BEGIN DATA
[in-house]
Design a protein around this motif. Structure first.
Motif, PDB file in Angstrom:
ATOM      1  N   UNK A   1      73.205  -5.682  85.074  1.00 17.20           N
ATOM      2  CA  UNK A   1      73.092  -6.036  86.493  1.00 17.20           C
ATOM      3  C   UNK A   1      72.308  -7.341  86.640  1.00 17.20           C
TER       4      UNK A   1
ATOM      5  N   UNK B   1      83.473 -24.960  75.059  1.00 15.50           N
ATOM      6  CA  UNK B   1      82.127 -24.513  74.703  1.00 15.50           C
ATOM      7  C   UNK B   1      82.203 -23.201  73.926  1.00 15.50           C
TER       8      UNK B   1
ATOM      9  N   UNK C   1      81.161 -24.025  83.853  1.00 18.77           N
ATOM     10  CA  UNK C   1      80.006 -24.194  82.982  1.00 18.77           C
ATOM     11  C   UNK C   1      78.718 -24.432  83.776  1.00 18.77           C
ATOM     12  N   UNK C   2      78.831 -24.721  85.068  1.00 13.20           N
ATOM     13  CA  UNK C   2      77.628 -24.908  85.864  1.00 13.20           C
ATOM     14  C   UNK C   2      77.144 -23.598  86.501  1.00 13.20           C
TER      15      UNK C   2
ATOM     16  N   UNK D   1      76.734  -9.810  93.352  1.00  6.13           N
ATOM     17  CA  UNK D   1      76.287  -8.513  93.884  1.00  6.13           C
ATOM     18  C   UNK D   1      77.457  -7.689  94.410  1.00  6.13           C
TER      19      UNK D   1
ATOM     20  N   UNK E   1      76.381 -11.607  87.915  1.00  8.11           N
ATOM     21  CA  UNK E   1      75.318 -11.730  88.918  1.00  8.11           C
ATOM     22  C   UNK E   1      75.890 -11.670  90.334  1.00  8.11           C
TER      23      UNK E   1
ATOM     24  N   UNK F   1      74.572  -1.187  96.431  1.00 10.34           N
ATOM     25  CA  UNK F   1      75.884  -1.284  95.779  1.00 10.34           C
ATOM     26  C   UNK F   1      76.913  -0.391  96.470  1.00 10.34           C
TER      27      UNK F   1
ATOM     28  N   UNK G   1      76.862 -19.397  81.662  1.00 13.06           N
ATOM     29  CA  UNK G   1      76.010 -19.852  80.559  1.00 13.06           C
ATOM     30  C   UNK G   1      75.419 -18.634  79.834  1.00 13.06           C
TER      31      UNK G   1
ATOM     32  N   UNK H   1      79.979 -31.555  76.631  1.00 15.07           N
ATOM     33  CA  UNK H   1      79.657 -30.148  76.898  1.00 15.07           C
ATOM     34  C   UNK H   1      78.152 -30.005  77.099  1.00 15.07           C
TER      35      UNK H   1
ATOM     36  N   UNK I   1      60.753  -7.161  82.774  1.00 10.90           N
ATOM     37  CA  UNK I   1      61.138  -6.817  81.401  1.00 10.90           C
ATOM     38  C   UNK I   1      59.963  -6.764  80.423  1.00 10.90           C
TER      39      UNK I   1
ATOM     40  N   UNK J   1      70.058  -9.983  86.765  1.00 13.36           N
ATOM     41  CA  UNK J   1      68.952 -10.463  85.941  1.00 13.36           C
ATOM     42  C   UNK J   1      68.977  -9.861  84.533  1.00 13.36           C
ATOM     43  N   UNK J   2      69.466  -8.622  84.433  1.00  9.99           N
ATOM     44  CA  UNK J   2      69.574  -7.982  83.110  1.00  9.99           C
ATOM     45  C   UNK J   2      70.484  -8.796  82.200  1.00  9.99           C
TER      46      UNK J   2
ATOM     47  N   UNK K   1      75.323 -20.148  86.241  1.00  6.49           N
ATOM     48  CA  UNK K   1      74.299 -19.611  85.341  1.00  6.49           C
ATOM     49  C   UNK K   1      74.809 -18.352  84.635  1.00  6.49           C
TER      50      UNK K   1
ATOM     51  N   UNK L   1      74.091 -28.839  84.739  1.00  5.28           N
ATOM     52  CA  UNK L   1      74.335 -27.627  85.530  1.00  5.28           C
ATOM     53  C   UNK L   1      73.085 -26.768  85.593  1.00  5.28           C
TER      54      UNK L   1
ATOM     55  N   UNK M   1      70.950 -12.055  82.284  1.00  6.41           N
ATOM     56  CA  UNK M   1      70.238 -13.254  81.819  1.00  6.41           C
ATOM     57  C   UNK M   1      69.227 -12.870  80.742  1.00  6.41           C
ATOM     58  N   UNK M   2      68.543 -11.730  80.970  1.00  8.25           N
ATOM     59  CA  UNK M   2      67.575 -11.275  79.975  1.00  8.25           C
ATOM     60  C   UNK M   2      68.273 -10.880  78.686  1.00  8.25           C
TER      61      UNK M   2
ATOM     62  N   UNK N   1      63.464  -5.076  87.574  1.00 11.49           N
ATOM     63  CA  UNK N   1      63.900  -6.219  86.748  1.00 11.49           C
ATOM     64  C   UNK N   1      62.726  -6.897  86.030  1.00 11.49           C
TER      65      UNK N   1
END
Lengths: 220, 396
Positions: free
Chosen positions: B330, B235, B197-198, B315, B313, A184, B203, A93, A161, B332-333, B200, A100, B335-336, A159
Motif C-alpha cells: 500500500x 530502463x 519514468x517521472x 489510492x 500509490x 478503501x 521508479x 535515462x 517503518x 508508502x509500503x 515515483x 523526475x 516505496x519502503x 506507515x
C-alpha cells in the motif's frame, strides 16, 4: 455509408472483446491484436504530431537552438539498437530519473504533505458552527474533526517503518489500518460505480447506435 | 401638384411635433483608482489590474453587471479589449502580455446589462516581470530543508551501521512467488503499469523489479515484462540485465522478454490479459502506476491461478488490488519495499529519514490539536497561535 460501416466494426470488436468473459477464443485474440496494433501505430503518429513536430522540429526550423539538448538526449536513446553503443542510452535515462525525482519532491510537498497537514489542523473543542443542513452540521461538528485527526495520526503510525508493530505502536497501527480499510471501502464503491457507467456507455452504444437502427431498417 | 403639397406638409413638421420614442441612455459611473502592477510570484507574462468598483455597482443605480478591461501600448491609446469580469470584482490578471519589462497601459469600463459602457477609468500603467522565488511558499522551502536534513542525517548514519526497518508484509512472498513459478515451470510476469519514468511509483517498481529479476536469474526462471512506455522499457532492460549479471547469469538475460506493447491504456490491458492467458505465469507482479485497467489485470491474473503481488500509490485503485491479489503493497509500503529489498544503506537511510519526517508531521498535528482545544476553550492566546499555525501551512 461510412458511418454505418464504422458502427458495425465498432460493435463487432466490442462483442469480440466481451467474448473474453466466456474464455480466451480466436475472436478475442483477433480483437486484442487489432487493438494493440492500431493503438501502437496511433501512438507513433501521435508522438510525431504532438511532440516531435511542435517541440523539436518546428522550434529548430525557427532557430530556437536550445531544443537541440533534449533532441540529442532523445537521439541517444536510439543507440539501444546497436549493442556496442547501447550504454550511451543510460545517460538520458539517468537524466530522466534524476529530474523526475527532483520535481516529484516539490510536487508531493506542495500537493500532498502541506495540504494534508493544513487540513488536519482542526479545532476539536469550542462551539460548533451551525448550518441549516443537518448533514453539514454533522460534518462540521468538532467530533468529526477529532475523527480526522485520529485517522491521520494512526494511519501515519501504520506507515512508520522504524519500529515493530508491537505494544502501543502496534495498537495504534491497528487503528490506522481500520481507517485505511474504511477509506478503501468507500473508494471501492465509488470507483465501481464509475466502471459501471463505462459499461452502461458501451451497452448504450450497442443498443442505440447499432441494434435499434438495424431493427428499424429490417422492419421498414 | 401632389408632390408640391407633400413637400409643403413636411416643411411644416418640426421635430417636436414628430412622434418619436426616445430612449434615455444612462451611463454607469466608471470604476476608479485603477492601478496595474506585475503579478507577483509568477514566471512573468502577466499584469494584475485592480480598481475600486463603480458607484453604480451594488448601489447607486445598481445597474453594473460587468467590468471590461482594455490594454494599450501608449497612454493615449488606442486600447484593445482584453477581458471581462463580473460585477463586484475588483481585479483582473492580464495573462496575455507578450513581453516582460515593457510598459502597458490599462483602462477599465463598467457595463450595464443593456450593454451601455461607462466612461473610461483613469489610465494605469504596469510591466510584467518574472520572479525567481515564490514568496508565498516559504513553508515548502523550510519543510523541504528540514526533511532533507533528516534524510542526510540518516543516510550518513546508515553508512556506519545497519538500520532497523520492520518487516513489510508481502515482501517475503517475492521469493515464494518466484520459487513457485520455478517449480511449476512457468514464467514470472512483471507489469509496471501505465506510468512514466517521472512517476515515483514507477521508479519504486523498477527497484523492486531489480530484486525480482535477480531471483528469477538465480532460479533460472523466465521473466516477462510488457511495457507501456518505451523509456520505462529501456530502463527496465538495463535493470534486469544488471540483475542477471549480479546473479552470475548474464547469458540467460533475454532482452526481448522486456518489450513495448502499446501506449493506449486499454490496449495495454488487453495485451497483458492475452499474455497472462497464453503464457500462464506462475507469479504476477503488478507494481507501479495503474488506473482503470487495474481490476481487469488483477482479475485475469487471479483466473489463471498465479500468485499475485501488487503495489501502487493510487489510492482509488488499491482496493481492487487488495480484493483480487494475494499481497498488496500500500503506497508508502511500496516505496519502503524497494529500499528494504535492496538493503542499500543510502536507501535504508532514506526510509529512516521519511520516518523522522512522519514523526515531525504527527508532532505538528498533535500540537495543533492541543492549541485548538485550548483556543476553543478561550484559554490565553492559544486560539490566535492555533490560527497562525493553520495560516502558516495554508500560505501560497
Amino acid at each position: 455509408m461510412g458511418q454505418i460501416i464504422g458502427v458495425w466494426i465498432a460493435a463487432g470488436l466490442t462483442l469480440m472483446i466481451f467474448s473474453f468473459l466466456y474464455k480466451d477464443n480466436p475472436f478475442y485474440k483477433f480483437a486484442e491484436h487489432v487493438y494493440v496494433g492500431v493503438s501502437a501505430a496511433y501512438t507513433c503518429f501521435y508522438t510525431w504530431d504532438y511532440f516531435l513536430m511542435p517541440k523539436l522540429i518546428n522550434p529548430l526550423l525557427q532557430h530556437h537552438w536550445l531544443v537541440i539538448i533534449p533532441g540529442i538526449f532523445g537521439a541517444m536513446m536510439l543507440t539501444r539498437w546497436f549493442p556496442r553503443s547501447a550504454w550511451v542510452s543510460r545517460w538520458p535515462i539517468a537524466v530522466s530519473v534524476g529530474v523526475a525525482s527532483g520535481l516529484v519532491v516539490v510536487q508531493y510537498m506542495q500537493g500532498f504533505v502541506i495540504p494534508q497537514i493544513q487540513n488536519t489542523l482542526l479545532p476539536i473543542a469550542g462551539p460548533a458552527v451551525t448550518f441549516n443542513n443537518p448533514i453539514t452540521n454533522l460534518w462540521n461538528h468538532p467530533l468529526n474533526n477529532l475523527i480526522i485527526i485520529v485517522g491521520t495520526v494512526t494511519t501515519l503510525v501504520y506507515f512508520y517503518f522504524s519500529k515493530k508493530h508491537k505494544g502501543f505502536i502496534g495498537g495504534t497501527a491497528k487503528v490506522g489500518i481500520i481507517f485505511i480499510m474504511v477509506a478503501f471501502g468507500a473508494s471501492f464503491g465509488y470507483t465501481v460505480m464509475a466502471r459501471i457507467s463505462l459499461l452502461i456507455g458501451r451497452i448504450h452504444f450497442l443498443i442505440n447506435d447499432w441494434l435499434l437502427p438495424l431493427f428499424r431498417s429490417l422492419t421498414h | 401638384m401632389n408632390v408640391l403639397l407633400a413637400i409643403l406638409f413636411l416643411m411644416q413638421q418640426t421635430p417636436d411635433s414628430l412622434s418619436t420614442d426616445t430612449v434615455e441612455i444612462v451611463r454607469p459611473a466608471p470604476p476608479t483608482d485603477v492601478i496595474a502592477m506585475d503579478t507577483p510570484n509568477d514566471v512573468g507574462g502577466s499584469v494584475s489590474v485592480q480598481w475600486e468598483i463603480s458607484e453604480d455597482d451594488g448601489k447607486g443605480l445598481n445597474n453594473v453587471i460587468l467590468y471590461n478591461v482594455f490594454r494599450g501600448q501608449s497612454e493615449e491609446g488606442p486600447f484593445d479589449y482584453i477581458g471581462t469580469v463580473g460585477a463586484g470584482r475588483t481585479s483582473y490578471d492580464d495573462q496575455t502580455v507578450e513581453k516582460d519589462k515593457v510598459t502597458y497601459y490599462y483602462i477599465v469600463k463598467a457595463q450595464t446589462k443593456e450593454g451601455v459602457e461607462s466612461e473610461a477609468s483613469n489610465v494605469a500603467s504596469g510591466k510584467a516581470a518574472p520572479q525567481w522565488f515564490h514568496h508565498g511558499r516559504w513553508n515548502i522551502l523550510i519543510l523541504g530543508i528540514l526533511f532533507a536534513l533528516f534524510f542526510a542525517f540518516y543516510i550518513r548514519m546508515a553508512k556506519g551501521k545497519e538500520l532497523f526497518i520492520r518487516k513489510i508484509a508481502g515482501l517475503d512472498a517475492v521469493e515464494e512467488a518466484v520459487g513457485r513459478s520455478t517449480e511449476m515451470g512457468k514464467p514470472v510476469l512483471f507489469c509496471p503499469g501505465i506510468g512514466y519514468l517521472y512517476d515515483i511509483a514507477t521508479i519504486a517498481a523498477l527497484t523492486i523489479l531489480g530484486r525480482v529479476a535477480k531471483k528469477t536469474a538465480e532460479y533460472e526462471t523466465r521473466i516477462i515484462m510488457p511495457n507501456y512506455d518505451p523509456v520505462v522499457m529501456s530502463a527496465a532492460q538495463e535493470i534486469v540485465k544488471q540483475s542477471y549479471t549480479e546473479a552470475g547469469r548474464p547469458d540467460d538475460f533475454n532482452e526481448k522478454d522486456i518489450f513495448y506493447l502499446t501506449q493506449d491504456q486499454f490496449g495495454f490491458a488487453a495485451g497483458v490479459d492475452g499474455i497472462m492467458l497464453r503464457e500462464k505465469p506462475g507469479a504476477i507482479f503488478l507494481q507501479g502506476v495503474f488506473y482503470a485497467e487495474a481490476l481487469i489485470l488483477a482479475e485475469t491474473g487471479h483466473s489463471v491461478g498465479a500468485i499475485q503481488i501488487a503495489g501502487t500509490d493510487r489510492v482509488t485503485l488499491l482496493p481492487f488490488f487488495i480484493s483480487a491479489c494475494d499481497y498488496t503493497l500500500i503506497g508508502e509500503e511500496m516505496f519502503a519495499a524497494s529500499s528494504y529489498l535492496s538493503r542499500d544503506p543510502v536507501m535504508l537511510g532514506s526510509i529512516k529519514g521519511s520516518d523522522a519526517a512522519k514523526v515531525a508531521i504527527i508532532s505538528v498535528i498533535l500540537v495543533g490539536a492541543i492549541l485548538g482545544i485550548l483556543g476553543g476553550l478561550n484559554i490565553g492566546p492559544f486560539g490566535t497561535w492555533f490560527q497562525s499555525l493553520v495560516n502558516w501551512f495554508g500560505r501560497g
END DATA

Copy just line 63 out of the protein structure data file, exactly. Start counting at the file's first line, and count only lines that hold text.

ATOM     60  C   UNK M   2      68.273 -10.880  78.686  1.00  8.25           C